The fact that those crimes didn't come to light does not mean they didn't meat with Divine Punishment. After all, truth doesn't change according to what people believe. Your thesis argues basically on ethical matters, but since WE the readers out of the tale do know who the culprit is, regardless of what happens in Prime, we can pass our personal judgement. Dying on the island isn't what I'd call getting away with it, and at any rate, it seems low to me that an author would let us drain our conclusions from what society thought of the incidents presented in the story. Many stories have an ending where Divine Justice is not applied, though readers can drain many conclusions from those.

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This is wrong. Anyone who knows the truth - if anyone does - has the moral obligaton to correct this. And seeking to know the truth for these reasons is morally right.
That's a delicate matter. I cannot blame Eva, for example, for not revealing the truth to protect Ange, neither can I excuse her for not showing it when it was the ethic thing to do. But in the end, who decides over what is ethic and not? And what should all the people outside of the box care about a story that doesn't concern them and influence them in any way? (again, not reffering to the readers, but speaking within the general sphere of the story)

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No, actually. You have no idea what "mystery" I'm interested in or have thought about so much. I'm very interested in the behind-the-scenes puzzle which Ryukishi appeared to be hinting at for so many years. Not simply the whodunnit, but the process of approaching a world from fictionalized accounts attempting to reconstruct it. That process was initiated, developed, strongly suggested to be of grave importance... and abandoned.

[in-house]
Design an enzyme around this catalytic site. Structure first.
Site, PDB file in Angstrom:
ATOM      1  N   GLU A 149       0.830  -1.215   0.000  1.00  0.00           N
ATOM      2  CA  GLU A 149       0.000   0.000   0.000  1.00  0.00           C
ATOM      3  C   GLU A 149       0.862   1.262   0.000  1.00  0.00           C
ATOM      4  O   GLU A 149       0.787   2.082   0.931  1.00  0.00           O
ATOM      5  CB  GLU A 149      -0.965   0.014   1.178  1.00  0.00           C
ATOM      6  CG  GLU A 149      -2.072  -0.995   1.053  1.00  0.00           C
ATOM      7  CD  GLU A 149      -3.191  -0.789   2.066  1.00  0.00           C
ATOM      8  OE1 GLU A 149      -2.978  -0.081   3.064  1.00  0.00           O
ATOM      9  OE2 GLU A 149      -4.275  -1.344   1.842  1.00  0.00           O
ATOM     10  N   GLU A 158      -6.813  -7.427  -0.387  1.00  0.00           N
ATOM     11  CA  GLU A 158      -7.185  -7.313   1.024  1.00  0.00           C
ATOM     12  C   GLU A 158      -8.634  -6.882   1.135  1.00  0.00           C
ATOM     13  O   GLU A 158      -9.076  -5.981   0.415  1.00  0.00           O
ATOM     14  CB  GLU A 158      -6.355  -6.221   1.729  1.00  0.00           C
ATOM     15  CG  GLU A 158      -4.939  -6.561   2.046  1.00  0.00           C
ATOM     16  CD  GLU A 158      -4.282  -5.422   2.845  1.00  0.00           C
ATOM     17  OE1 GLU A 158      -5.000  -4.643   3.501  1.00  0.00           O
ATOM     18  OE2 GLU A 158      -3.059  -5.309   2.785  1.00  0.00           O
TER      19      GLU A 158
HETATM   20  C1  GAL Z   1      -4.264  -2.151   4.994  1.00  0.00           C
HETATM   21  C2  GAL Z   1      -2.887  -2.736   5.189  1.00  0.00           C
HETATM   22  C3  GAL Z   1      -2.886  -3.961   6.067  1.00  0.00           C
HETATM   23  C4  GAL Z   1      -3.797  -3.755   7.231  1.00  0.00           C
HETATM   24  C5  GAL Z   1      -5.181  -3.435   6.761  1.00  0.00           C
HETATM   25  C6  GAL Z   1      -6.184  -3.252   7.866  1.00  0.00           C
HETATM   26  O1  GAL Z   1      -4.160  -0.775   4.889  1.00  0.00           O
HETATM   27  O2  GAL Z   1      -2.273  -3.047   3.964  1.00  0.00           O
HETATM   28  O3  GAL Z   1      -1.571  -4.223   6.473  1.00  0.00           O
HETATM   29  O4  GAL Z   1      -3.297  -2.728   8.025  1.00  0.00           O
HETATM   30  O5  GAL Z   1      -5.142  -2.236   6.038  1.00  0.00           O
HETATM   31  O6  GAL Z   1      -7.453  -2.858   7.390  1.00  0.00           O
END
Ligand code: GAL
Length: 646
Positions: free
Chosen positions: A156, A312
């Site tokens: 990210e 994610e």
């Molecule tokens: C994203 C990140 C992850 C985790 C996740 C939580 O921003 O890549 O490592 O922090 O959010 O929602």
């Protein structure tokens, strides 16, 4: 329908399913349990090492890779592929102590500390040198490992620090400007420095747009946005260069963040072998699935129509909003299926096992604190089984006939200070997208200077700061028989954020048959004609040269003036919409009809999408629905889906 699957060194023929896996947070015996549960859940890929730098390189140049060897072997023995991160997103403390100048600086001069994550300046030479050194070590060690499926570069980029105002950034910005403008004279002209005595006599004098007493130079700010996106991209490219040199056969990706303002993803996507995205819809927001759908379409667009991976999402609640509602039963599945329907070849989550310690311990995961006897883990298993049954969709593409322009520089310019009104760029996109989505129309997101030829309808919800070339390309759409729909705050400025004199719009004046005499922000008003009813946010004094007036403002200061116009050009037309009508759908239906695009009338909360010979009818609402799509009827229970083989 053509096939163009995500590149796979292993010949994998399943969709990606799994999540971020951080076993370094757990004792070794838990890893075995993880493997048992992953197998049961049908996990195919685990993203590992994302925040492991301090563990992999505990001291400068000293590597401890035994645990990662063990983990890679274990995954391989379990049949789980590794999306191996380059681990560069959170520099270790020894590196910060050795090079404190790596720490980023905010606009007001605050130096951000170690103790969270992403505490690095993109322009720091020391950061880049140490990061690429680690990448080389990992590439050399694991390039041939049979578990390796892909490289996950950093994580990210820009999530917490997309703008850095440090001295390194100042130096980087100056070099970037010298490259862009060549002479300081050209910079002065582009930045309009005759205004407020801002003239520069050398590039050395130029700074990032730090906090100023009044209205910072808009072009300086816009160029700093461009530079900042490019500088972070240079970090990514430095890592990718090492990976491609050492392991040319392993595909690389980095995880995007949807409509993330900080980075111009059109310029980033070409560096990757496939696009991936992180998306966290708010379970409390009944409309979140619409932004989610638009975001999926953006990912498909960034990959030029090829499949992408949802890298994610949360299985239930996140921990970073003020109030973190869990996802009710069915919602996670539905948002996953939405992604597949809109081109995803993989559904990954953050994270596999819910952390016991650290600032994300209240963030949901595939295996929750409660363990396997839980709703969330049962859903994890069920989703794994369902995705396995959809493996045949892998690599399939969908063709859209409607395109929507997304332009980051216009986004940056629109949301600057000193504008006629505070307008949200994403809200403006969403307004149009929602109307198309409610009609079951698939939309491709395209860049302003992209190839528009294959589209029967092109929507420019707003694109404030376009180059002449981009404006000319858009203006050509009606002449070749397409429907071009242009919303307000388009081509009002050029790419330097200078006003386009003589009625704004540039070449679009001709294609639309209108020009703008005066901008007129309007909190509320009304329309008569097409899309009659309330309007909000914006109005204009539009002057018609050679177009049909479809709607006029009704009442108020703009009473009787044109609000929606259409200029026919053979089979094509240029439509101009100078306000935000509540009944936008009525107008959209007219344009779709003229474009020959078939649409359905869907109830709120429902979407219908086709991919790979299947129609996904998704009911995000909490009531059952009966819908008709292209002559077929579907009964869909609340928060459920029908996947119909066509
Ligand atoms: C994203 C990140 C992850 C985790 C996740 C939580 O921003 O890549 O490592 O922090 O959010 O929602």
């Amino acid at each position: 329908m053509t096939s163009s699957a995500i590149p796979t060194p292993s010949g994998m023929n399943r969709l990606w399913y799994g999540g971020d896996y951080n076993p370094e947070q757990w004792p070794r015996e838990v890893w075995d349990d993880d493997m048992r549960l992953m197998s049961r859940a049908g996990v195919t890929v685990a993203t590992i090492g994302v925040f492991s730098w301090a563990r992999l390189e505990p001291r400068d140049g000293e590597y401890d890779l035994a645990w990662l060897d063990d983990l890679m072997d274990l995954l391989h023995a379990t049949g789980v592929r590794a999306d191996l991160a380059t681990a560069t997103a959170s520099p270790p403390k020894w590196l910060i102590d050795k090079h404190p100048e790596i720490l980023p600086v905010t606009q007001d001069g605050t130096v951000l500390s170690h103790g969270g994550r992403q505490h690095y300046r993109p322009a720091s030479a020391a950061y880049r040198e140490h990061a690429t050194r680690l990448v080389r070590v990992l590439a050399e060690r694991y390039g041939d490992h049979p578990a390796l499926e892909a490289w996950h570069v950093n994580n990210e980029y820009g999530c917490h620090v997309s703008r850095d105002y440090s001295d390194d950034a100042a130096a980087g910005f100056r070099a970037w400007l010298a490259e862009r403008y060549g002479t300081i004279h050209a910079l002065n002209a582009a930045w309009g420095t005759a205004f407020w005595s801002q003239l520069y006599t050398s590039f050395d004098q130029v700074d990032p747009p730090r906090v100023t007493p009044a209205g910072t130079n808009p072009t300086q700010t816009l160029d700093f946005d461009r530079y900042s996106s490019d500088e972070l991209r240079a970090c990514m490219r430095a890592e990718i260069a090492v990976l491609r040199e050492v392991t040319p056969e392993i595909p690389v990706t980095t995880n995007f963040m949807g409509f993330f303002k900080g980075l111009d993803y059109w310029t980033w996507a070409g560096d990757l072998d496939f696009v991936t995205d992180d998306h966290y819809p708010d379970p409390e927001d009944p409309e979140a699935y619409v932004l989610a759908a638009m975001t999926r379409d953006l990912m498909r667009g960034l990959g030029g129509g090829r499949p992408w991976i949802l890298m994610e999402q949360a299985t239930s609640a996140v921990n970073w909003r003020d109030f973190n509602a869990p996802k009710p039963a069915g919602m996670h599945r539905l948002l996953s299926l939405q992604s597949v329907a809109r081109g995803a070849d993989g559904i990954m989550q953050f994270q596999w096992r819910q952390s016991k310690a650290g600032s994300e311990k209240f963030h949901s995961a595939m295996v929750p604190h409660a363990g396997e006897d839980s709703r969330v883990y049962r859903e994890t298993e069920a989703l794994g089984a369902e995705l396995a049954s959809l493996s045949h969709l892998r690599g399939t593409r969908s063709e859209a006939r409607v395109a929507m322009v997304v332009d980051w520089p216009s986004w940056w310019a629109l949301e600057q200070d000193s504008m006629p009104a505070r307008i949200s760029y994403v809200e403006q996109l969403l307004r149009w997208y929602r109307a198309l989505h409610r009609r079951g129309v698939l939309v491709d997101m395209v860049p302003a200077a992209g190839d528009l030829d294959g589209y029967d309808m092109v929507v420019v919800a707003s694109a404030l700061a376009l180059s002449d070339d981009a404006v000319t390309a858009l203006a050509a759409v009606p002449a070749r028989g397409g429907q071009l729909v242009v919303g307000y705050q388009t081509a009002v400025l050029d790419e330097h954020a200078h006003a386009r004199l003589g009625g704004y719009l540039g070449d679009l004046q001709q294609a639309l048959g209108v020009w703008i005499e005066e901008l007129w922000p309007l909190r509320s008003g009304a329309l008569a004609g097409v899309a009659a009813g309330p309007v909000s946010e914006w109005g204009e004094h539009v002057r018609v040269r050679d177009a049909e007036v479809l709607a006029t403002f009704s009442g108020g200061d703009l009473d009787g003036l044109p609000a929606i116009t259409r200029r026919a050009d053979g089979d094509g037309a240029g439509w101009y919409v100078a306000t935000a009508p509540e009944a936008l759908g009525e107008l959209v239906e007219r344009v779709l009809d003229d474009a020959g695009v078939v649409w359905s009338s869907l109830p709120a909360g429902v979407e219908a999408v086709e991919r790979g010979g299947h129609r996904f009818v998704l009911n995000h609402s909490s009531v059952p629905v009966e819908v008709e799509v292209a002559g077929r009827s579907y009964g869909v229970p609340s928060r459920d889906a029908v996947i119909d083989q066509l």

And I'll always wonder why the hell he put so much effort into something he never actually wanted to do anything with.
I must say I do not really understand to what 'behind-the-scene-puzzle' you are reffering to. If it is about the multi-layered structure of Umineko's world, I would think it is nothing to be solved, as the games are a clearly fiction element that is combined with the mystery and doesn't have anything to be solved in the first place. Again, I may be mistaking what your post aimed to question.

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So you know nothing. Intellectual cowardice is something that does not sit well with me. I admit that I was being sarcastic, but your point was ludicrous enough to merit the sarcasm. You very much implied that you do know the answer. As I happen to know that there is almost zero chance that you actually do (you are not, to my knowledge, Ryukishi, nor have you claimed to have any intimate and special contact with him), as is true of any of us, I am confident that such an implication is a lie.

Hiding behind the notion that I have somehow offended you to the point that you don't want to share with me actually underscores the moral childishness of Umineko itself in deciding that truth ought be hidden: You're apparently annoyed at me enough that, assuming you did know The Answer to Umineko, you'd refuse to tell anyone just so I wouldn't know it. The work concludes along similar things: BATTLER is selfish, Ange is selfish, and that selfishness is, to them, more important than justice or truth.